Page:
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Dear Camp Ajawah Parents,

Welcome to the Ajawah Family.

We do a lot of thinking about our campers, about how to plan for them and serve them so that they will have the best possible experience.  In our efforts to ensure a good time for the campers, we sometimes overlook you and your concerns.  So, I’d like to take a moment to discuss with you how to be a Camp Ajawah Parent.

You should know that most campers come to camp and have a blast.  They come to just have fun, adventure, and make new friends.  When their parents arrive to pick them up after two weeks, they notice a difference: their camper has grown, matured, seems stronger and more confident.  As a parent, you don’t even need to ask how it went: there is a sparkle, a glow in your child’s eye that tells all.  On the way home, the talk is all about the people and activities at camp.

We all have to adjust to new situations. Negotiating his or her first time away from home may well be your child’s first big accomplishment.  They have learned independence and probably will be better able to handle new situations and accept more responsibility from now on.  This is a big win for your child in the game of life.

You can play a key role in helping your son or daughter make a successful adjustment to camp.  Here are some suggestions that may help:        

Don’t… pre-program your camper for homesickness by telling them any of the following:
“You’re going to be homesick.”
“If you don’t like it, give me a call and I’ll come and pick you up.”
“Just try it for a week and then I’ll come get you.”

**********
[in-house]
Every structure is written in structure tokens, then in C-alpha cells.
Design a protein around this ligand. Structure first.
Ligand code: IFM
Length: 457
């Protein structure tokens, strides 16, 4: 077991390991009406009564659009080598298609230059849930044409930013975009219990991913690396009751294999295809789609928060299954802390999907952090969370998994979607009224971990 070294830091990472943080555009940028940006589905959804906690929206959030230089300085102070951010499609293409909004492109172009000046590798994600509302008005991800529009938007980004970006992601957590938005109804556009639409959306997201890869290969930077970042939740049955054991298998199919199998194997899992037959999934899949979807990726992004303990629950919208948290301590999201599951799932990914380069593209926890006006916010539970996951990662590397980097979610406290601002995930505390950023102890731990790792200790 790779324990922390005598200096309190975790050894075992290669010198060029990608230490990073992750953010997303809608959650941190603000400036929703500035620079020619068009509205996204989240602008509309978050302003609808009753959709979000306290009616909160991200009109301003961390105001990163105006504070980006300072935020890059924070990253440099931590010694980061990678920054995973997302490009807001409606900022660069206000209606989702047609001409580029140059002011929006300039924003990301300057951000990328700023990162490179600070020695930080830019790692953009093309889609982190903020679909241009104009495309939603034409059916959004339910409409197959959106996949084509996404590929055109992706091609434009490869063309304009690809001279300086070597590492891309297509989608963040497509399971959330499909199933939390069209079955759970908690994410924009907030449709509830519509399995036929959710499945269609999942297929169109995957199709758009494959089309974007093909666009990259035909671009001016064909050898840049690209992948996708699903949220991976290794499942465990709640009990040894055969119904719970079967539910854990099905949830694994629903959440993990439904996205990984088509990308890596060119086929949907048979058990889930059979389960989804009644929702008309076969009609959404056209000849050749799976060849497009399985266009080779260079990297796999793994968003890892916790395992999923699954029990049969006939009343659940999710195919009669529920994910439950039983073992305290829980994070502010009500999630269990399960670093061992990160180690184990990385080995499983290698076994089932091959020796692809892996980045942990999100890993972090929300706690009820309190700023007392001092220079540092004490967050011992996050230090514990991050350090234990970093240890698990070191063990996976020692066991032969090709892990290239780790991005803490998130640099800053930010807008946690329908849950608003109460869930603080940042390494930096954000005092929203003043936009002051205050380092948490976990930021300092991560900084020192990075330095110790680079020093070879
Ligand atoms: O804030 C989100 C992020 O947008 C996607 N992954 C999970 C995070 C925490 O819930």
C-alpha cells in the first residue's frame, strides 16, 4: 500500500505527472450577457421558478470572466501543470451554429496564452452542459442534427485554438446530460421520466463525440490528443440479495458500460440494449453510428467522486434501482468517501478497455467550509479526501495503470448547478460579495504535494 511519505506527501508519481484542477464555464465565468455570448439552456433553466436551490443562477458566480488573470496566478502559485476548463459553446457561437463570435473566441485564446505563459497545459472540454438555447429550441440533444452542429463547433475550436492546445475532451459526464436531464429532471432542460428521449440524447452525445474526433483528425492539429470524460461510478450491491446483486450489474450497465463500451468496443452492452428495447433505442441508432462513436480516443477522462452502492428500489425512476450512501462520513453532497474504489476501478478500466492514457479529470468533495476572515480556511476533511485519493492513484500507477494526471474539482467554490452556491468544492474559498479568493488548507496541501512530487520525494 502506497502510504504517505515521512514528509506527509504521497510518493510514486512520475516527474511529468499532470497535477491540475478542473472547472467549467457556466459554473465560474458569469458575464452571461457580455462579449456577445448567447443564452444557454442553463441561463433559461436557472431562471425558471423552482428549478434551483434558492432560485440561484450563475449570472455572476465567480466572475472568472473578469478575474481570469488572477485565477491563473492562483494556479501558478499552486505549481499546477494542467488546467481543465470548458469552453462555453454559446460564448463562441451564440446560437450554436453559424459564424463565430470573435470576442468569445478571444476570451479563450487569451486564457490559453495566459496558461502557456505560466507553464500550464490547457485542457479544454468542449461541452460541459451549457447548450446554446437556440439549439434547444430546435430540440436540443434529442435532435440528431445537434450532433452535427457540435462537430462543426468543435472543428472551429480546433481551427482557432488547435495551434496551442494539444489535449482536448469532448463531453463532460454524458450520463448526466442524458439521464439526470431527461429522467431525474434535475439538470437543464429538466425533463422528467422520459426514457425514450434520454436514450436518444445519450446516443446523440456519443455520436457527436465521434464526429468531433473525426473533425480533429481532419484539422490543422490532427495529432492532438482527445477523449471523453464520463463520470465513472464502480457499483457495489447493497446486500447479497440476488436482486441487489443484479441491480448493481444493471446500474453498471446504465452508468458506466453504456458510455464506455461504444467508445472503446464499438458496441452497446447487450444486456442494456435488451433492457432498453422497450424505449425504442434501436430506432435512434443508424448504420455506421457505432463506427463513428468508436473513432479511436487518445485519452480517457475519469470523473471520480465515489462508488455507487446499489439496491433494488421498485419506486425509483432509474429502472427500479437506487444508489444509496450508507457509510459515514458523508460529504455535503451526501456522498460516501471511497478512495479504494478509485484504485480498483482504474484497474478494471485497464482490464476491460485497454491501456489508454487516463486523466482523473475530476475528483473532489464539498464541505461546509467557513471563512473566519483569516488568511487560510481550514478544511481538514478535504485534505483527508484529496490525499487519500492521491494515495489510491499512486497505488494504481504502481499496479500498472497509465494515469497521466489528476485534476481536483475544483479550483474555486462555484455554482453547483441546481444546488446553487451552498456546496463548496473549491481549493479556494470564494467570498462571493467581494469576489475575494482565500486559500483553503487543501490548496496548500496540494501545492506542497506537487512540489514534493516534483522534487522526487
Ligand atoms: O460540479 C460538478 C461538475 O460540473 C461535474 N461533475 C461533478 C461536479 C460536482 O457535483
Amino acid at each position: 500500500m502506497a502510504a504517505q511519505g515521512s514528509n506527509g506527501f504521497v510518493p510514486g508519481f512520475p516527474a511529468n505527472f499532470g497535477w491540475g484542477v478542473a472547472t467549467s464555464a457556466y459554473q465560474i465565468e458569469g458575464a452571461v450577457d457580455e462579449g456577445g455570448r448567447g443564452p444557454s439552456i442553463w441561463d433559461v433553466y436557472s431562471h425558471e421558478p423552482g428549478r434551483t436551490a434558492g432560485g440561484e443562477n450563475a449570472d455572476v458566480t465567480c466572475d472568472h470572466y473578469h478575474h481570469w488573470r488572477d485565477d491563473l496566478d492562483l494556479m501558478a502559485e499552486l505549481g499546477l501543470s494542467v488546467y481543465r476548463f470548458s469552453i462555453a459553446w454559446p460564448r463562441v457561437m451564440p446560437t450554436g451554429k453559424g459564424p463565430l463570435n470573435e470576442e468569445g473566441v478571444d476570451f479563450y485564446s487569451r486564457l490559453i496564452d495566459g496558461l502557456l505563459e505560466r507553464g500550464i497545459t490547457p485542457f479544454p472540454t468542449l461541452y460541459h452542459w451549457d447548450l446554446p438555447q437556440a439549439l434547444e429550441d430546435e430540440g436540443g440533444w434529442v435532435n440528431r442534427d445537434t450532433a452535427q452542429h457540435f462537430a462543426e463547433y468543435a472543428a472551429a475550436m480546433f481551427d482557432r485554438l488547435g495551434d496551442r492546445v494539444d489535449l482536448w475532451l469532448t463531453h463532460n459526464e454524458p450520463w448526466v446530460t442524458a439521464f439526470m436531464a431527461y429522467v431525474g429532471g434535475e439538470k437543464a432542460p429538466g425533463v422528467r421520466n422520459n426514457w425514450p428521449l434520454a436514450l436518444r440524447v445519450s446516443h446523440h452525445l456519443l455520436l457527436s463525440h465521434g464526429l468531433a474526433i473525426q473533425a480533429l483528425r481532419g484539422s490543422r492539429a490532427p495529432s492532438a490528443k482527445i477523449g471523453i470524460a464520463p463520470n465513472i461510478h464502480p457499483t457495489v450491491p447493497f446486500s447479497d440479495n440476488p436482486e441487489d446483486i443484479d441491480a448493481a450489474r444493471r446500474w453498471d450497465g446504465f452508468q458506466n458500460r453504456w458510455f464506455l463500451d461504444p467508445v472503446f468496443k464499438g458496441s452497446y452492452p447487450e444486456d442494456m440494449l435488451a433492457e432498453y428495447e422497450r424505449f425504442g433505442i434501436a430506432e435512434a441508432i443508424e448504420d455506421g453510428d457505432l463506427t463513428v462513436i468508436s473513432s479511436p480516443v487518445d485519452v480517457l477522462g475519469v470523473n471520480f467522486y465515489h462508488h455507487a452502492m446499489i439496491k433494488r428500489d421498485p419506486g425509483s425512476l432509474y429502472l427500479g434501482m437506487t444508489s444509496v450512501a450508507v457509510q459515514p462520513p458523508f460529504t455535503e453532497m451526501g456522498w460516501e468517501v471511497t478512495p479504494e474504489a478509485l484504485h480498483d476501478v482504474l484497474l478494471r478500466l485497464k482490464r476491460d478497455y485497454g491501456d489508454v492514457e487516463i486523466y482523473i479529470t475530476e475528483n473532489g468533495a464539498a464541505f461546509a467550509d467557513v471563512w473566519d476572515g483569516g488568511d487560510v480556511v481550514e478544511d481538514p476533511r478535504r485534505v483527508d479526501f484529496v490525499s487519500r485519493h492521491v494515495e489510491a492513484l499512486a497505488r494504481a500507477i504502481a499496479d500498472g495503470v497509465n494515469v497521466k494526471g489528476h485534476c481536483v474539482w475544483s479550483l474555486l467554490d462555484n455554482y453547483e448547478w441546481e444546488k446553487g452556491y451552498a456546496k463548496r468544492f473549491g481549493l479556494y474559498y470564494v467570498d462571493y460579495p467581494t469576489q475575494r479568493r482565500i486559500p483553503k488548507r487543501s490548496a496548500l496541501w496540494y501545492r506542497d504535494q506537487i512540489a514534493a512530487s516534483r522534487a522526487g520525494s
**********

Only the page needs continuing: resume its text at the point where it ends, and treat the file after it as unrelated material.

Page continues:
“I’m really going to miss you.”
“You can call me any time”
            Don’t… write letters saying…
…What a great time you’re having at home.
…What a great time brothers/sisters/friends are having at home.
…How much you miss them.
           Don’t… visit your child.
It can be hard on a camper and hard on his camp friends to have a parent drop in.

Do…            pre-program your campers for success by telling them…
…How much fun they are going to have.
…How much fun you had at camp, at the lake, etc, when you were a kid.           

  Do…            send them a lot of mail: crazy post-cards, etc.
… Tell them “nothing’s going on at home.  All the neighbor kids are gone on
vacation.  It’s real dead around here”
… Tell them how you envy them for all the fun you know they’re having at 

The key to a successful adjustment is when a camper realizes that they are known; accepted, recognized, and valued for who they are in this new situation, when suddenly fellow campers and counselors are not strangers but friends.  I, as Camp Director, usually know every child’s name by the third day of camp.

Sometimes parents ask why we have two weeks of camp and not one.  We feel that it takes that amount of time for the campers to get to know each other enough to rely on them and work together as a team.  This allows for a stronger bond, a better chance of success and to prove they can thrive while away from home.  If a child goes home after one week, he hasn’t had time to adjust, have fun, make friends, be his own person and become part the Camp Ajawah family.  We believe that it takes two weeks minimum to accomplish this.

Thank you for sending your child to Camp Ajawah this summer and having faith in our philosophy to enable your child to succeed in life.  I know it will be a great experience for them, my staff and myself.  I am looking forward to seeing your Ajawah camper this summer.


Dave Moore
Director, Camp Ajawah

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